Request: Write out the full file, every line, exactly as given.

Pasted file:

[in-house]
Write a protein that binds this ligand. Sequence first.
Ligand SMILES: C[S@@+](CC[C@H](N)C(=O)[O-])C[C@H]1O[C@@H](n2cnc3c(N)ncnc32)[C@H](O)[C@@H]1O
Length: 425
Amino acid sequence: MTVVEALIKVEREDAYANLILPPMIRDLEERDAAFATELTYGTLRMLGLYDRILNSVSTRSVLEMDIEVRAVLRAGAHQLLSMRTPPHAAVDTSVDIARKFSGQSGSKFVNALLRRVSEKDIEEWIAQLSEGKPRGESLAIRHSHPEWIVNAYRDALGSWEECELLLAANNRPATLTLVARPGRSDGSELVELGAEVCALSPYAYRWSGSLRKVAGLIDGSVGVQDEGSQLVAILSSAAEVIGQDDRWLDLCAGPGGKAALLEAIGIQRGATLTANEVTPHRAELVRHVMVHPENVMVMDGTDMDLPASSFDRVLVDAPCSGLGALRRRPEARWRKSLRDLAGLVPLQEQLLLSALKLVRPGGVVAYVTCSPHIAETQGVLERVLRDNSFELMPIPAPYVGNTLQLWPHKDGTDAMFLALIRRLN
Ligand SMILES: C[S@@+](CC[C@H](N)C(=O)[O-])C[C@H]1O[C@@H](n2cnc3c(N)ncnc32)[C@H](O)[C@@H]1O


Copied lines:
[in-house]
Write a protein that binds this ligand. Sequence first.
Ligand SMILES: C[S@@+](CC[C@H](N)C(=O)[O-])C[C@H]1O[C@@H](n2cnc3c(N)ncnc32)[C@H](O)[C@@H]1O
Length: 425
Amino acid sequence: MTVVEALIKVEREDAYANLILPPMIRDLEERDAAFATELTYGTLRMLGLYDRILNSVSTRSVLEMDIEVRAVLRAGAHQLLSMRTPPHAAVDTSVDIARKFSGQSGSKFVNALLRRVSEKDIEEWIAQLSEGKPRGESLAIRHSHPEWIVNAYRDALGSWEECELLLAANNRPATLTLVARPGRSDGSELVELGAEVCALSPYAYRWSGSLRKVAGLIDGSVGVQDEGSQLVAILSSAAEVIGQDDRWLDLCAGPGGKAALLEAIGIQRGATLTANEVTPHRAELVRHVMVHPENVMVMDGTDMDLPASSFDRVLVDAPCSGLGALRRRPEARWRKSLRDLAGLVPLQEQLLLSALKLVRPGGVVAYVTCSPHIAETQGVLERVLRDNSFELMPIPAPYVGNTLQLWPHKDGTDAMFLALIRRLN
Ligand SMILES: C[S@@+](CC[C@H](N)C(=O)[O-])C[C@H]1O[C@@H](n2cnc3c(N)ncnc32)[C@H](O)[C@@H]1O